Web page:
The Heidelberg Catechism says that the Christian’s good works help in the assurance of faith: “we do good so that we may be assured of our faith by its fruits” (Q/A 86). The Westminster Larger Catechism notes under assurance that the Holy Spirit enables Christians to “discern in themselves those graces to which the promises of life are made” (Q/A 80). Biblically speaking, James said that true faith is shown to be true by works (James 2:18) and John wrote that we can tell we have new life when we love other Christians (1 John 3:14).
I appreciate Louis Berkhof’s explanation of how assurance of faith is related to good works in the Christian’s life:
…Reformed Confessional Standards also clearly indicate that assurance is based in part on the so-called syllogism of faith, in which the believer consciously and deliberately compares the graces that adorn his life and his general conduct, with the biblical description of the virtues and the godly conversation of those who are born of the Spirit, and on their relative correspondence bases the conclusion that he is indeed a child of God.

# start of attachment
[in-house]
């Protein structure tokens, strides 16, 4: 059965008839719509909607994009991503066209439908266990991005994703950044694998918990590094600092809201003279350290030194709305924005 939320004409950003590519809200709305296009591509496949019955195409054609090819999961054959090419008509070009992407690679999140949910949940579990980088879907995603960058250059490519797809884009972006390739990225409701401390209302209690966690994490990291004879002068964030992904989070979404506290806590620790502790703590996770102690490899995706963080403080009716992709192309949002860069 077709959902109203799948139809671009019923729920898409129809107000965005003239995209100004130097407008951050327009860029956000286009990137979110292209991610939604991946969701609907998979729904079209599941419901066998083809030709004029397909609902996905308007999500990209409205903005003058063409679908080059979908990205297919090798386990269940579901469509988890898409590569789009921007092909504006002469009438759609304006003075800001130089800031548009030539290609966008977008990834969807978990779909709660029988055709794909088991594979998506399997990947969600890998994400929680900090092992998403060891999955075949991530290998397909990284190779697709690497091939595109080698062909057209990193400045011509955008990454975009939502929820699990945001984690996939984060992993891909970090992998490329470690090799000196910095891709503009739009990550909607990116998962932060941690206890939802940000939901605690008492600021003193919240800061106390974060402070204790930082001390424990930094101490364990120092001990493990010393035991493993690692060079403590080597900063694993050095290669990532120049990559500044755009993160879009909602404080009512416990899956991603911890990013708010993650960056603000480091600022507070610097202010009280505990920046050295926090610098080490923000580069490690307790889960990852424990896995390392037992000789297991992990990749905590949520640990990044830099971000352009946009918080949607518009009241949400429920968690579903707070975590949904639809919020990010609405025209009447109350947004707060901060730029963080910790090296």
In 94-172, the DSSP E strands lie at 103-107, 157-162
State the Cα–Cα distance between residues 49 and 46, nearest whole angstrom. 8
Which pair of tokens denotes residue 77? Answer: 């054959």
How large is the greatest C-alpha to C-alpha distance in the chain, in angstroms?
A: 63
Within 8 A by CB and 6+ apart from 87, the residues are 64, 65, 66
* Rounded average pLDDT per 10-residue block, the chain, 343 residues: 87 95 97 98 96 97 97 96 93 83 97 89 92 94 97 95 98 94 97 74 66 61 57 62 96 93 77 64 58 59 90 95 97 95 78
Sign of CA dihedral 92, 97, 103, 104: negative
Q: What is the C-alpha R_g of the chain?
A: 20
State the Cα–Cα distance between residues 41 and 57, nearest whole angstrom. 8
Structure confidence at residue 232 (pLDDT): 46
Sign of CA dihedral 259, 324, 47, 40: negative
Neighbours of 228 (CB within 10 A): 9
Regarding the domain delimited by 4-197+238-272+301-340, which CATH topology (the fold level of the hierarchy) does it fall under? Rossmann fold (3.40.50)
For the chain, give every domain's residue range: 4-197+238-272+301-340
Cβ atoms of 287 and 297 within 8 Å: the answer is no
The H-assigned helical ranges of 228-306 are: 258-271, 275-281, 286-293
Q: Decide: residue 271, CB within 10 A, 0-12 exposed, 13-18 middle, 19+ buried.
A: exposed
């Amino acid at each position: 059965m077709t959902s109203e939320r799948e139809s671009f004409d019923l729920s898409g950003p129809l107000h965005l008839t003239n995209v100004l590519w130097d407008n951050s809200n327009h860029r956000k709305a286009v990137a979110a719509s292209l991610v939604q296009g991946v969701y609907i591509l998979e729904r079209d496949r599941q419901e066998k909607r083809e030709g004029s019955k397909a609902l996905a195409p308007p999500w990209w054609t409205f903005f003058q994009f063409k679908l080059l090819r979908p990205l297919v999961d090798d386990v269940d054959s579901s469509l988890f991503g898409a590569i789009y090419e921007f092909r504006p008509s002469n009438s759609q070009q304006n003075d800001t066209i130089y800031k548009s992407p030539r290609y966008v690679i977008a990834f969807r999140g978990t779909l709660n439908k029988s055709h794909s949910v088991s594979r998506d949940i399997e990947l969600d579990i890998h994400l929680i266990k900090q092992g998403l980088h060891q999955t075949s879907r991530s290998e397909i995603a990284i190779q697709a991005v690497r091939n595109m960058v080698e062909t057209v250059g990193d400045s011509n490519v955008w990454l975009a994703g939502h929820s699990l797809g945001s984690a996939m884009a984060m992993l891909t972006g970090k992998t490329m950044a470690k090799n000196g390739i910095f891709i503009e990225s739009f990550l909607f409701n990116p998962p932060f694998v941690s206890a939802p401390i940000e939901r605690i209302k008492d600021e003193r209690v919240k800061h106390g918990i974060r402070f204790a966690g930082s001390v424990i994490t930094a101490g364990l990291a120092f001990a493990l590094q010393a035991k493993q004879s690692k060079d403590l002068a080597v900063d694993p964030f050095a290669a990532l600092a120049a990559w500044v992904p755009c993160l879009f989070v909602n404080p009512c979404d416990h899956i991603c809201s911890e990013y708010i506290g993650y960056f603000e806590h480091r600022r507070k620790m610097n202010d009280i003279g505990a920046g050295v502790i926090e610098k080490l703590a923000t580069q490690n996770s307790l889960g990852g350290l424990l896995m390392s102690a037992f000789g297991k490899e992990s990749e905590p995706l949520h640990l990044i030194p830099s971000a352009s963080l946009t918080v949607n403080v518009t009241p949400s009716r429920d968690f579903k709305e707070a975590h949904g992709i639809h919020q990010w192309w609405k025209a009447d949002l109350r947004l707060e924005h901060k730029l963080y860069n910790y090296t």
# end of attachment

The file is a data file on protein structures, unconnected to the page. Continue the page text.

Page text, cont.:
Berkhof ended the section this way – by emphasizing sovereign grace:
…Some object to this method of seeking assurance altogether. They claim that it directs believers to seek the ground of assurance within themselves, and thus encourages them to build on a self-righteous foundation. But this is clearly a mistake. Believers are not taught to regard their good works as the meritorious cause of their salvation, but only as the divinely wrought evidences of a faith that is itself a gift of God. Their conclusion is based exactly on the assumption that the qualities and works which they discover in their life, could never have been wrought by themselves, but can only be regarded as the products of sovereign grace.
(As a side, The Assurance of Faith is only $5.99 on Logos. It’s very much worth that!)
Hammond, WI, 54015